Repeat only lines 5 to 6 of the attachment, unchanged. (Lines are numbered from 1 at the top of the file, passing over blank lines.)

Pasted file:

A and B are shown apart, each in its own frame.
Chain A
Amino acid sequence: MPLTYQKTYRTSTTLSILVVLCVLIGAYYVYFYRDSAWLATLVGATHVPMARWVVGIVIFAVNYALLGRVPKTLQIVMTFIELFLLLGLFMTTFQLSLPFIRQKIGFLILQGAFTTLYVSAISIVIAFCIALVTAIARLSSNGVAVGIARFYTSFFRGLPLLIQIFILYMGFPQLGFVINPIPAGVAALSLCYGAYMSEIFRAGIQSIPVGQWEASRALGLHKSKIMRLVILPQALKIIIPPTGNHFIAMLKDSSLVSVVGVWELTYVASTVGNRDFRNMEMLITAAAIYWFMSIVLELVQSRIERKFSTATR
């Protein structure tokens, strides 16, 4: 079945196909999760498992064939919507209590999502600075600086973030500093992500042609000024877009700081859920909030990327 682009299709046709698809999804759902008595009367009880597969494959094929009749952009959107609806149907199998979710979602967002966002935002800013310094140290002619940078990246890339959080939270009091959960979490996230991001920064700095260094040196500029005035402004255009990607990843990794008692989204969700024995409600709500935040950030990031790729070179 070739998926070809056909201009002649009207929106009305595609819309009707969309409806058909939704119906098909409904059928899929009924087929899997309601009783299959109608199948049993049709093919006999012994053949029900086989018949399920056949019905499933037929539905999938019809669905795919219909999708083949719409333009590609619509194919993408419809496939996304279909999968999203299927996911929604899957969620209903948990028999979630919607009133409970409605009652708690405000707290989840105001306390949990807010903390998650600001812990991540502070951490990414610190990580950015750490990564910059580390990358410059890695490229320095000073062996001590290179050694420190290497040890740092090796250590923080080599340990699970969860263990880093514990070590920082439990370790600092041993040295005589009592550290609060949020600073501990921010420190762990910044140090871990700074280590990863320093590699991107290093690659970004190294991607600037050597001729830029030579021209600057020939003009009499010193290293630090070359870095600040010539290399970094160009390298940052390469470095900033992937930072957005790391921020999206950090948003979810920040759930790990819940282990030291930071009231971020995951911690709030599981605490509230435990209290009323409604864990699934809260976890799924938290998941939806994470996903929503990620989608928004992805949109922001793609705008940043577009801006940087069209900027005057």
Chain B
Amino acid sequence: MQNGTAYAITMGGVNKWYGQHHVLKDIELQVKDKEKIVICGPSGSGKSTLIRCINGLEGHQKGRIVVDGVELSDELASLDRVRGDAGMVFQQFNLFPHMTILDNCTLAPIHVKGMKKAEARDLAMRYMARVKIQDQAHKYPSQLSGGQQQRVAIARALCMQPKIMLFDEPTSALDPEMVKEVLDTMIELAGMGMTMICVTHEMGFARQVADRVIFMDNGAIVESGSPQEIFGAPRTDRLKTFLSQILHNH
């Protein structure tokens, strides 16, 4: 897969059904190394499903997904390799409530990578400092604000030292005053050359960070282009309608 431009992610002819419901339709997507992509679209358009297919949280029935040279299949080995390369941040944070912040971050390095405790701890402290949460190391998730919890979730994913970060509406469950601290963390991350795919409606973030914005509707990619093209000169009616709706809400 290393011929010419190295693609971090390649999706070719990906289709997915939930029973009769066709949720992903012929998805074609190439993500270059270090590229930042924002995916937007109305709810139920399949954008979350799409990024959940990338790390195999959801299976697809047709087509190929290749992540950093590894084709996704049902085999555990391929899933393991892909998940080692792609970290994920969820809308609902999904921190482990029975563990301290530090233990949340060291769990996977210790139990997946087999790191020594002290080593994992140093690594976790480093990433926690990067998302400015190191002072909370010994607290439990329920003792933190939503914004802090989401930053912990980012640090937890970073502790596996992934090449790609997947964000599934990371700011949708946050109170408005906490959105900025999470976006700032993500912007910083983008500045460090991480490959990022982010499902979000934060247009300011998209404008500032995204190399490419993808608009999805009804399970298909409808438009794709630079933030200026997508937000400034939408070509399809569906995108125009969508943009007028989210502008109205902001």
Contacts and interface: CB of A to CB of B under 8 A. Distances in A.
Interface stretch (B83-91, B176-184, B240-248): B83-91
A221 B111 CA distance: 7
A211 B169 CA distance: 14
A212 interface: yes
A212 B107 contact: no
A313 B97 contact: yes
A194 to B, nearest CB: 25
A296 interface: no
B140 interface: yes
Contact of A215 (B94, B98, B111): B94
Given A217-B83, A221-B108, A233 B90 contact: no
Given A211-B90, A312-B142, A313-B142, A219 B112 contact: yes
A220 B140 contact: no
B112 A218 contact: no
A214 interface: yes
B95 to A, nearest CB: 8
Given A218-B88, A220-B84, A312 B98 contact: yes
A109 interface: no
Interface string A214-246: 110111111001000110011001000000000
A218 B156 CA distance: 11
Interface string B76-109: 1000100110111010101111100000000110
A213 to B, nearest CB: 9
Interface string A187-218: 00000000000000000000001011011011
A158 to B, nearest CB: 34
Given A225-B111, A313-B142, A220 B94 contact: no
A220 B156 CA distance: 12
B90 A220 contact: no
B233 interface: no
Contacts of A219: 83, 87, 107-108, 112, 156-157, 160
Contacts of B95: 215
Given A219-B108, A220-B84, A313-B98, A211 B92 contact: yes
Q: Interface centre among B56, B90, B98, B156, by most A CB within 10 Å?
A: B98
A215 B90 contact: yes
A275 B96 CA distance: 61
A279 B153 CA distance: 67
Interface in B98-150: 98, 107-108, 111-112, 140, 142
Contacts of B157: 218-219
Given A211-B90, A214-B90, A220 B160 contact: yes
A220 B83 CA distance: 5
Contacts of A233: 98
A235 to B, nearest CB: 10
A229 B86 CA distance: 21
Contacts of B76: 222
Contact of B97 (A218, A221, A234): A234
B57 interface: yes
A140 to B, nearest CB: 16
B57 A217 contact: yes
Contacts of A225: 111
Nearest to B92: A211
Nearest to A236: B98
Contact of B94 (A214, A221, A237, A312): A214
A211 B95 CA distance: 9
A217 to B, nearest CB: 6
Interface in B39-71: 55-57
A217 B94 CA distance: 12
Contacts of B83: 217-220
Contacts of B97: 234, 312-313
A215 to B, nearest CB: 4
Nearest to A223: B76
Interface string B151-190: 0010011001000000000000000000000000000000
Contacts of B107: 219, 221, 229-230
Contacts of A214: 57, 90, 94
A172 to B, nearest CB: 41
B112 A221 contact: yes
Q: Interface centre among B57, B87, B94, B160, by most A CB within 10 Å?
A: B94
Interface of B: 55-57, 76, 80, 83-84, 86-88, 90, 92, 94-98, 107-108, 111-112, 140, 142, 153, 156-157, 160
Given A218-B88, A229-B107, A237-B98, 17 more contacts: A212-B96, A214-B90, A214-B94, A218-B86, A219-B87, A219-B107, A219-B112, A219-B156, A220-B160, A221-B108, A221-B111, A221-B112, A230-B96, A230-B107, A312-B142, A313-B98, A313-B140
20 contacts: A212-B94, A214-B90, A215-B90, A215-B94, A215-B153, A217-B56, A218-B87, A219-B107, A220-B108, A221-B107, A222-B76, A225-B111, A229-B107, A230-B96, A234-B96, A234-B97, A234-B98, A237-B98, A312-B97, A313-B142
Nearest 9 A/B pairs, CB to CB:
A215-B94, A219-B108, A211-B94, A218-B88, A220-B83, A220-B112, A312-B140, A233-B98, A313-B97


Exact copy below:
Chain B
Amino acid sequence: MQNGTAYAITMGGVNKWYGQHHVLKDIELQVKDKEKIVICGPSGSGKSTLIRCINGLEGHQKGRIVVDGVELSDELASLDRVRGDAGMVFQQFNLFPHMTILDNCTLAPIHVKGMKKAEARDLAMRYMARVKIQDQAHKYPSQLSGGQQQRVAIARALCMQPKIMLFDEPTSALDPEMVKEVLDTMIELAGMGMTMICVTHEMGFARQVADRVIFMDNGAIVESGSPQEIFGAPRTDRLKTFLSQILHNH